Constitutional Conference, Opening Statement by the Honourable Richard B. Hatfield, Premier of New Brunswick (Ottawa: 8-9 February, 1971)

Document Information

Date: 1971-02-08 – 1971-02-09
By: Secretariat of the Conference, Richard Hatfield
Citation: Constitutional Conference, Opening Statement by the Honourable Richard B. Hatfield, Premier of New Brunswick (Ottawa: 8-9 February 1971).
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Prime Minister and Colleagues:

I welcome your cordial invitation to speak in a general sense before we turn to the agenda.

There is a saying we have — “You will find it in New Brunswick”. You will find a proud and intense devotion to Canada; in a nation accounted wealthy among nations, you will find in New Brunswick abject, continuing and depressing poverty. In the realities of provincial life, constitutional discussion is not a dominant feature; reality is the hard rock of inadequate services and poverty.

New Brunswick has participated fully in these discussions since their inception. We will continue to do so. It would be my hope that our participation will be fully effective at the several levels of our participation.

The existing Constitution is not a perfect instrument; nevertheless, in a century of operation, it has been able to accommodate a nation of continental proportions, to embrace the great technological changes of the century, to accommodate socio-economic change, and to accommodate substantial diversities. If the provisions do not meet a consensus of satisfaction, dissatisfaction is not universal.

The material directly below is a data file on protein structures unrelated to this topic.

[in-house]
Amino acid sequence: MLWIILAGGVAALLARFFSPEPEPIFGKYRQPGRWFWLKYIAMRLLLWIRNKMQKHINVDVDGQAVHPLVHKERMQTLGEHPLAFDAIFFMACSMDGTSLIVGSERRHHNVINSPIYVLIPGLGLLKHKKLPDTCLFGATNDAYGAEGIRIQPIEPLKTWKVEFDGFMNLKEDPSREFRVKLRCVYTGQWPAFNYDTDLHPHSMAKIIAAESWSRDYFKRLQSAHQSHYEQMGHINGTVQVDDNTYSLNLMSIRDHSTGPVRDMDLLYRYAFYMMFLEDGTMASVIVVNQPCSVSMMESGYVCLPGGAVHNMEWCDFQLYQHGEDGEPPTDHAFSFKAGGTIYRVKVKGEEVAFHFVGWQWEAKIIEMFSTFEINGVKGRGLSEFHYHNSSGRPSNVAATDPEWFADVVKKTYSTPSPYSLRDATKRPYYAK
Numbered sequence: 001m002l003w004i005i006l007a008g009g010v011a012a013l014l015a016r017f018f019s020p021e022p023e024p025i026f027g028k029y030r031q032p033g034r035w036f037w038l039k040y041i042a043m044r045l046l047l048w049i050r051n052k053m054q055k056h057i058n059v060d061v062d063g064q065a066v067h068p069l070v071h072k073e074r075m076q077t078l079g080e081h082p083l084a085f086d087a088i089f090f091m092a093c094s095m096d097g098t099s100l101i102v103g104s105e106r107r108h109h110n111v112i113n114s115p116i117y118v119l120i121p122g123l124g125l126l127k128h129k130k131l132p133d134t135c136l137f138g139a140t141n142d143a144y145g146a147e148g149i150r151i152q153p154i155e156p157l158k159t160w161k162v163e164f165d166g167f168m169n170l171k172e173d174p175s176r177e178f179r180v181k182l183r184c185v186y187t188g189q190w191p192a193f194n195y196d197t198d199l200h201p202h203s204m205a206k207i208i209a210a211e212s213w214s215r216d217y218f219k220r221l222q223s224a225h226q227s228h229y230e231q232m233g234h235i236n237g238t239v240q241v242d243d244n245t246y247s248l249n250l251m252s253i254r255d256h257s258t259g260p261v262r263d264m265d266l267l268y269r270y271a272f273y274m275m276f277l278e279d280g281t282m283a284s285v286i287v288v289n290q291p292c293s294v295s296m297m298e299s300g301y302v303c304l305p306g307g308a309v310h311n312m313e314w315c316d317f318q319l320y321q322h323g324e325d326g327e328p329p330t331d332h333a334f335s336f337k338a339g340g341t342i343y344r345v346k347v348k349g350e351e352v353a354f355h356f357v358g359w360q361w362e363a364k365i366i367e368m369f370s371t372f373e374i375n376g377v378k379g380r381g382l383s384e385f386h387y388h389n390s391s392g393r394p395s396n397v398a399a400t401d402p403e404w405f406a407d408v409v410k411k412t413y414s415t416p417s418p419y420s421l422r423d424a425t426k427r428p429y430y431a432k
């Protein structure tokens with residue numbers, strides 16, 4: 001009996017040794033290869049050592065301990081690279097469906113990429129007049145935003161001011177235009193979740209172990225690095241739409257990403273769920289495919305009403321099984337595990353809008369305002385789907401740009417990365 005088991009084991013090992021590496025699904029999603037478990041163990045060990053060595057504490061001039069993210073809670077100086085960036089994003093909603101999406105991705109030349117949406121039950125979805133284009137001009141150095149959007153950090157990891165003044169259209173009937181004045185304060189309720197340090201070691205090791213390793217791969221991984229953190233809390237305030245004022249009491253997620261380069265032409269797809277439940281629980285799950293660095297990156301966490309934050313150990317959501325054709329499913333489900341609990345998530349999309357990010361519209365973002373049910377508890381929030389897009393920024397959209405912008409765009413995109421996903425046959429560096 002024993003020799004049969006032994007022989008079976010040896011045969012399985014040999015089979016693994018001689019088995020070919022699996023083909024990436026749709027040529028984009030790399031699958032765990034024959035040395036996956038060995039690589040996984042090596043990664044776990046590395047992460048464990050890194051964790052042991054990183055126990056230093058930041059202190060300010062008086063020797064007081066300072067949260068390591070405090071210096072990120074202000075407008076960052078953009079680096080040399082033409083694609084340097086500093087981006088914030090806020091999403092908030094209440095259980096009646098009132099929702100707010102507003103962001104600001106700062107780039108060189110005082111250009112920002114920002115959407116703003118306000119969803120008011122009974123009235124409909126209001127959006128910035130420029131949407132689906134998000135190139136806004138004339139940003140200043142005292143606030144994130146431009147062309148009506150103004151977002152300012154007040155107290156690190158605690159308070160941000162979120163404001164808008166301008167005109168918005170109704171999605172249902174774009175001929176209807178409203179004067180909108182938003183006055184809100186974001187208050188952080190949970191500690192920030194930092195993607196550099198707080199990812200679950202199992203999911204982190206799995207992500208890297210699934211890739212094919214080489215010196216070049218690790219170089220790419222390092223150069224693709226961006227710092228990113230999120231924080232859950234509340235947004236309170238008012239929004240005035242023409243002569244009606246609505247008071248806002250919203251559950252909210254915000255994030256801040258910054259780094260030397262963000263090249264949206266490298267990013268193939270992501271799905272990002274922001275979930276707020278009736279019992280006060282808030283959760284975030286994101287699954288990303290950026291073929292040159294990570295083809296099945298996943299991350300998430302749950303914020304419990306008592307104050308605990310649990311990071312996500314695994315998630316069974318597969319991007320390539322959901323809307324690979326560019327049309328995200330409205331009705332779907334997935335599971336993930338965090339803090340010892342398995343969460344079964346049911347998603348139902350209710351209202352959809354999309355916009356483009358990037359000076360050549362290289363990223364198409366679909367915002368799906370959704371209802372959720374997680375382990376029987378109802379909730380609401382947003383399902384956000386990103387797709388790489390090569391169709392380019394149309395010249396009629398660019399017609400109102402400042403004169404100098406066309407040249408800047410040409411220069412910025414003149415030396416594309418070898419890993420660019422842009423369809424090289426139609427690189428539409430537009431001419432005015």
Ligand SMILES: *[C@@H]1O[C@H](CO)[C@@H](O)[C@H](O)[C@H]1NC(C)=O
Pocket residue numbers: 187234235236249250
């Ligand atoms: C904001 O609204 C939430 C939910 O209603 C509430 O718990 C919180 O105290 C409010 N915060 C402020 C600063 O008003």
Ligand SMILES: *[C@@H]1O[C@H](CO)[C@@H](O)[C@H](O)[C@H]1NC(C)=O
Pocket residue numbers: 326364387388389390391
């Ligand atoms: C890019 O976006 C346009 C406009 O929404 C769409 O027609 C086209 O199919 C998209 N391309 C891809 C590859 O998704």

There is an intent, a purpose and a resiliency in the terms and operation of the existing constitution that should be carried forward. We accept the fact that change may be required where provisions or arrangements are obsolete or do not meet compelling need.

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The participation of New Brunswick in the review under way has been prefaced, as it continues to be, on the unity and integrity of the nation, on a federalism designed to give full play to the energies and aspirations of Canadians, on a central government able to achieve national cohesion, and on provincial governments with powers and resources to carry out their proper needs and responsibilities.

It is not my intention to use this occasion to articulate in any detail our views on the several matters. under review. We see, however, no alternative to a strong central government; only such a government can meet the requisites of national and international existence; only such a government can provide and ensure the rights Canadians hold and should enjoy in common.

There is in New Brunswick no particular desire to diminish Federal power or to augment provincial powers or to retain existing provincial powers undiminished. In the complexities of today’s life, we do not regard existing allocations as immutable; we would find little comfort in barren rights.

We regard revision and re-allocation of powers as functional questions to be resolved in a manner that will neither frustrate the future nor disregard the unity of the nation and the aspirations of its people.